Since the present paper had gone to print, the author has had opportunity to study an important paper by Dr Mircea Herovanu: Determination des paramètres d‘Ångström par des observations actinométriques courantes (Geofisica pura e applicata, Vol. 44 1959/III). Evidently the method of Herovanu is fundamentally very similar to the one applied in the present paper, with the exception that Herovanu does not make the simplifying assumption that the two groups of radiation, corresponding to our λ1, and λ2, can be regarded as homogeneous. His computations then are more laborious and must be based on graphical integration. It can be shown however, that his results, with such an accuracy as the measurements are justifying, can be derived equally well, in applying equations perfectly similar to those given in the present paper. His investigation then furnishes a further support for the validity for practical work of the assumption as regards the the homogenety of the wavelength groups considered. I propose to considered this question more in detail in a following note.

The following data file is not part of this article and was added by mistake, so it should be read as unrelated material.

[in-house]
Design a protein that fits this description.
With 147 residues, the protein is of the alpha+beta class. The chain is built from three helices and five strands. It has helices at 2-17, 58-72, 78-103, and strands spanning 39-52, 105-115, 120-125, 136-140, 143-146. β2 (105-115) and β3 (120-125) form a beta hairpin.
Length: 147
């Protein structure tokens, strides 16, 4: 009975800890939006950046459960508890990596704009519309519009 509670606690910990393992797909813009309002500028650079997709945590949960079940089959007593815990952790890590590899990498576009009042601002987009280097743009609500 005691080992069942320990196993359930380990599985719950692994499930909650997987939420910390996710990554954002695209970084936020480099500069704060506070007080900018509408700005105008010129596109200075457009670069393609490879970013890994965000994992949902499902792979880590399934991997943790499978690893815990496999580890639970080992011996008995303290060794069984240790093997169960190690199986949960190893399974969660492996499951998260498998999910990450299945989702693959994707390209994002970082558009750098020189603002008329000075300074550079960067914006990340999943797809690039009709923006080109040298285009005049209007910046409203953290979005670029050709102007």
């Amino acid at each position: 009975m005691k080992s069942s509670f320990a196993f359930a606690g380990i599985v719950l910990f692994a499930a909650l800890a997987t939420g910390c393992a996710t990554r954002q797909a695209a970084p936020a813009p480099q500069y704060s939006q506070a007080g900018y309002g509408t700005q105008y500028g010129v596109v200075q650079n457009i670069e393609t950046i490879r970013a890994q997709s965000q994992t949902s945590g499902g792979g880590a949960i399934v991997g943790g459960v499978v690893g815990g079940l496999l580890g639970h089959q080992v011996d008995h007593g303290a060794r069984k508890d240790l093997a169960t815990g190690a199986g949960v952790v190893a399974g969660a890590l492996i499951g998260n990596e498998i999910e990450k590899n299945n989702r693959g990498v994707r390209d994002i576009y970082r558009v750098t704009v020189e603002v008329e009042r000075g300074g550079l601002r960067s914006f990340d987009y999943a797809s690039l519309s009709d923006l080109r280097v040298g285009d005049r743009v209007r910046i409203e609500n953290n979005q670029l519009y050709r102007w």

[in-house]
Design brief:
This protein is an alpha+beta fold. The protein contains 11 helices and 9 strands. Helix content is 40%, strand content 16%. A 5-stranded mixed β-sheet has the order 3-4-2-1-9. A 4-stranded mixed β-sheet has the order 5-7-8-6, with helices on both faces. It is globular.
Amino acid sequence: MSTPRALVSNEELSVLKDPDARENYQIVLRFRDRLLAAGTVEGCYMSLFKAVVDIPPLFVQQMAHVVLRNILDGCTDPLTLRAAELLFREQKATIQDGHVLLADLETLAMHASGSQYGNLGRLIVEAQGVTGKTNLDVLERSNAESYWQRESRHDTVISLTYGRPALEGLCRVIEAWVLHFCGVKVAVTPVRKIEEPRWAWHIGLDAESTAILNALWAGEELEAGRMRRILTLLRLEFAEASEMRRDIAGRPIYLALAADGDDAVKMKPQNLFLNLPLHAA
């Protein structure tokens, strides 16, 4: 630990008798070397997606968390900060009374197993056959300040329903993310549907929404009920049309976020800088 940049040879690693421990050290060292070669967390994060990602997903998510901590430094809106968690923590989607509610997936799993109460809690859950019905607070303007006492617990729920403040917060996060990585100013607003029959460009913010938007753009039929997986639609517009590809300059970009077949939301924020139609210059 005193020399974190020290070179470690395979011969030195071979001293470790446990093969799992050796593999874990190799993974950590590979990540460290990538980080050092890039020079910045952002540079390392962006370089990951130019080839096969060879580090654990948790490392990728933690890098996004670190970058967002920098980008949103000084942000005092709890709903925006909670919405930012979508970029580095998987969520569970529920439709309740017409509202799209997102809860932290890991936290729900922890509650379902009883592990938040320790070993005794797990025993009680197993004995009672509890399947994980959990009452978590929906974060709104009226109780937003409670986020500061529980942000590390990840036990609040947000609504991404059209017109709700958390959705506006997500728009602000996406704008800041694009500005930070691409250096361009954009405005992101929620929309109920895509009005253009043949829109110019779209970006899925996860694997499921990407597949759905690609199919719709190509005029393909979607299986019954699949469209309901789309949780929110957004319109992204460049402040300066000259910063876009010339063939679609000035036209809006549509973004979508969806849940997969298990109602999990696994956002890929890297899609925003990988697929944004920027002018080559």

Techniques of Determinig the Turbidity of the Atmosphere1
Article first published online: 18 MAR 2010
1961 Blackwell Munksgaard
Volume 13, Issue 2, pages 214–223, May 1961
How to Cite
ÅNGSTRÖM, A. (1961), Techniques of Determinig the Turbidity of the Atmosphere. Tellus, 13: 214–223. doi: 10.1111/j.2153-3490.1961.tb00078.x
- Issue published online: 18 MAR 2010
- Article first published online: 18 MAR 2010
- Manuscript received January 16, 1961
After a short survey I of the principles underlying the determination of the turbidity coefficient β, earlier introduced by the author as a measure of the atmospheric turbidity, a condensed summary II is given of earlier and also of more recent determinations of β. The variation of the turbidity with the time of the year, the airmass and with latitude is discussed. Finally a simple method of determining the wave length dependence of the extinction by atmospheric aerosol is outlined. The method is founded upon measurements of integral radiation values with aid of pyrheliometers and glass filters, III. Accuracy and probable error are considered, IV.